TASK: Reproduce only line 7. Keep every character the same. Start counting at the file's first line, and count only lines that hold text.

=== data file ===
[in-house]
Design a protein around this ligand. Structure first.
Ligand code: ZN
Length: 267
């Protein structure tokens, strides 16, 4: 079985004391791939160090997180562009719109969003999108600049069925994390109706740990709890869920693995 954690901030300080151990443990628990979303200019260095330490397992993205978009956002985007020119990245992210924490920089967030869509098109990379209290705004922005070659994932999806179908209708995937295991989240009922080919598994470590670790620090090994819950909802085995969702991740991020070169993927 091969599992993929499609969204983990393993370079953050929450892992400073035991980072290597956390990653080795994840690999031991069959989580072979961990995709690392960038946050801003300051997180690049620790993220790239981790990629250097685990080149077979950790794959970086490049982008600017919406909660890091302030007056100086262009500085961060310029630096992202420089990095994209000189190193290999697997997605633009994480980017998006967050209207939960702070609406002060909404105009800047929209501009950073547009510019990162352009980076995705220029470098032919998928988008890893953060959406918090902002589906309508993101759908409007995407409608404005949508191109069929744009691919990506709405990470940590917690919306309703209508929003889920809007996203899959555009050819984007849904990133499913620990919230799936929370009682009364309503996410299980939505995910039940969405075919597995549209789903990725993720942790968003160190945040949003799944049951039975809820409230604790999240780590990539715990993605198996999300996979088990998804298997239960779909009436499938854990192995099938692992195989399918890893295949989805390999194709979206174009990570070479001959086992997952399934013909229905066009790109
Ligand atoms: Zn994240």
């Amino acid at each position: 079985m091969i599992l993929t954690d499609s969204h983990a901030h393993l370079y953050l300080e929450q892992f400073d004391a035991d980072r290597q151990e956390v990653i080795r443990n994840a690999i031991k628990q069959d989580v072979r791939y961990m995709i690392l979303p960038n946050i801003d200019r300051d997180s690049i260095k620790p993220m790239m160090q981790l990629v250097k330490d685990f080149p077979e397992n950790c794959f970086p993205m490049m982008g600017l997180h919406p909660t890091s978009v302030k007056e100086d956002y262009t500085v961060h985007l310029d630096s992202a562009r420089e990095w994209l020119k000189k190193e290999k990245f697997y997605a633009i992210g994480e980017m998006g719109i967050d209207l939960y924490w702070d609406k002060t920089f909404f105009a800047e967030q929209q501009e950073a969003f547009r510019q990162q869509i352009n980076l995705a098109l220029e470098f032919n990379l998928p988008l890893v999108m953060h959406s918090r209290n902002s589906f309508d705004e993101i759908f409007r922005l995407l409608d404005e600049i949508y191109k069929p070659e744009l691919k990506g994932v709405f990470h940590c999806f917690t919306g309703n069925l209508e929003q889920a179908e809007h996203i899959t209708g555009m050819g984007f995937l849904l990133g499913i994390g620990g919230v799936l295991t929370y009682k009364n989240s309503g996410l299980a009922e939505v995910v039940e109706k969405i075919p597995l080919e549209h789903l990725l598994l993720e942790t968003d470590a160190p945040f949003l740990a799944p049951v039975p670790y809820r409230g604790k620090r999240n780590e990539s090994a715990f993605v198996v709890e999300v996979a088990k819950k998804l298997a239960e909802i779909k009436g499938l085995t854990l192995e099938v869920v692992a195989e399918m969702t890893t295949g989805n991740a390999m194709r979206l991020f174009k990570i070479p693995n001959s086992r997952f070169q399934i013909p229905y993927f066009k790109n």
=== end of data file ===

């Amino acid at each position: 079985m091969i599992l993929t954690d499609s969204h983990a901030h393993l370079y953050l300080e929450q892992f400073d004391a035991d980072r290597q151990e956390v990653i080795r443990n994840a690999i031991k628990q069959d989580v072979r791939y961990m995709i690392l979303p960038n946050i801003d200019r300051d997180s690049i260095k620790p993220m790239m160090q981790l990629v250097k330490d685990f080149p077979e397992n950790c794959f970086p993205m490049m982008g600017l997180h919406p909660t890091s978009v302030k007056e100086d956002y262009t500085v961060h985007l310029d630096s992202a562009r420089e990095w994209l020119k000189k190193e290999k990245f697997y997605a633009i992210g994480e980017m998006g719109i967050d209207l939960y924490w702070d609406k002060t920089f909404f105009a800047e967030q929209q501009e950073a969003f547009r510019q990162q869509i352009n980076l995705a098109l220029e470098f032919n990379l998928p988008l890893v999108m953060h959406s918090r209290n902002s589906f309508d705004e993101i759908f409007r922005l995407l409608d404005e600049i949508y191109k069929p070659e744009l691919k990506g994932v709405f990470h940590c999806f917690t919306g309703n069925l209508e929003q889920a179908e809007h996203i899959t209708g555009m050819g984007f995937l849904l990133g499913i994390g620990g919230v799936l295991t929370y009682k009364n989240s309503g996410l299980a009922e939505v995910v039940e109706k969405i075919p597995l080919e549209h789903l990725l598994l993720e942790t968003d470590a160190p945040f949003l740990a799944p049951v039975p670790y809820r409230g604790k620090r999240n780590e990539s090994a715990f993605v198996v709890e999300v996979a088990k819950k998804l298997a239960e909802i779909k009436g499938l085995t854990l192995e099938v869920v692992a195989e399918m969702t890893t295949g989805n991740a390999m194709r979206l991020f174009k990570i070479p693995n001959s086992r997952f070169q399934i013909p229905y993927f066009k790109n």